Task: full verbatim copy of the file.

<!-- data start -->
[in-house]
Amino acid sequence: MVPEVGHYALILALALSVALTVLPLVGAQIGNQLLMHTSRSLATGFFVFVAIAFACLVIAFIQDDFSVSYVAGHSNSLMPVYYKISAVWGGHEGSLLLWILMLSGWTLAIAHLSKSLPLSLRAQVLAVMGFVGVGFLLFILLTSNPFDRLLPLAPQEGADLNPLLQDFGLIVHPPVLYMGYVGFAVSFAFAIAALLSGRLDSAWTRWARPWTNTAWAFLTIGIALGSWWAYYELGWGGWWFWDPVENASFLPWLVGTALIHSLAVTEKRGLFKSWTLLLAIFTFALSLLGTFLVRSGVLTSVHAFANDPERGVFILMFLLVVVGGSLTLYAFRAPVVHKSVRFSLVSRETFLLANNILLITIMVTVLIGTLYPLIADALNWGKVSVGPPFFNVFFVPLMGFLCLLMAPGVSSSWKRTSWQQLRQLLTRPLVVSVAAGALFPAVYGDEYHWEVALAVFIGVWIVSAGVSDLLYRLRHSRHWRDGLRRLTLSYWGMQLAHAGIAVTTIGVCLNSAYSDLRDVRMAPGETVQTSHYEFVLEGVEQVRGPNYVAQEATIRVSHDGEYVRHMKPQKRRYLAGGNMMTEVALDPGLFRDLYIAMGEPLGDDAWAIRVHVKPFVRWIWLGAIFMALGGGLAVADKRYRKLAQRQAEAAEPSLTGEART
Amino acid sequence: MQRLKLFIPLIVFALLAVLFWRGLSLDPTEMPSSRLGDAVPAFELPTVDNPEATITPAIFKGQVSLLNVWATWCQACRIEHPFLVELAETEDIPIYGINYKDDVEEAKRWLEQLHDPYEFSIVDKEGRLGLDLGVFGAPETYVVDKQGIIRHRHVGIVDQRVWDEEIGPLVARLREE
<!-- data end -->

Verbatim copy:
[in-house]
Amino acid sequence: MVPEVGHYALILALALSVALTVLPLVGAQIGNQLLMHTSRSLATGFFVFVAIAFACLVIAFIQDDFSVSYVAGHSNSLMPVYYKISAVWGGHEGSLLLWILMLSGWTLAIAHLSKSLPLSLRAQVLAVMGFVGVGFLLFILLTSNPFDRLLPLAPQEGADLNPLLQDFGLIVHPPVLYMGYVGFAVSFAFAIAALLSGRLDSAWTRWARPWTNTAWAFLTIGIALGSWWAYYELGWGGWWFWDPVENASFLPWLVGTALIHSLAVTEKRGLFKSWTLLLAIFTFALSLLGTFLVRSGVLTSVHAFANDPERGVFILMFLLVVVGGSLTLYAFRAPVVHKSVRFSLVSRETFLLANNILLITIMVTVLIGTLYPLIADALNWGKVSVGPPFFNVFFVPLMGFLCLLMAPGVSSSWKRTSWQQLRQLLTRPLVVSVAAGALFPAVYGDEYHWEVALAVFIGVWIVSAGVSDLLYRLRHSRHWRDGLRRLTLSYWGMQLAHAGIAVTTIGVCLNSAYSDLRDVRMAPGETVQTSHYEFVLEGVEQVRGPNYVAQEATIRVSHDGEYVRHMKPQKRRYLAGGNMMTEVALDPGLFRDLYIAMGEPLGDDAWAIRVHVKPFVRWIWLGAIFMALGGGLAVADKRYRKLAQRQAEAAEPSLTGEART
Amino acid sequence: MQRLKLFIPLIVFALLAVLFWRGLSLDPTEMPSSRLGDAVPAFELPTVDNPEATITPAIFKGQVSLLNVWATWCQACRIEHPFLVELAETEDIPIYGINYKDDVEEAKRWLEQLHDPYEFSIVDKEGRLGLDLGVFGAPETYVVDKQGIIRHRHVGIVDQRVWDEEIGPLVARLREE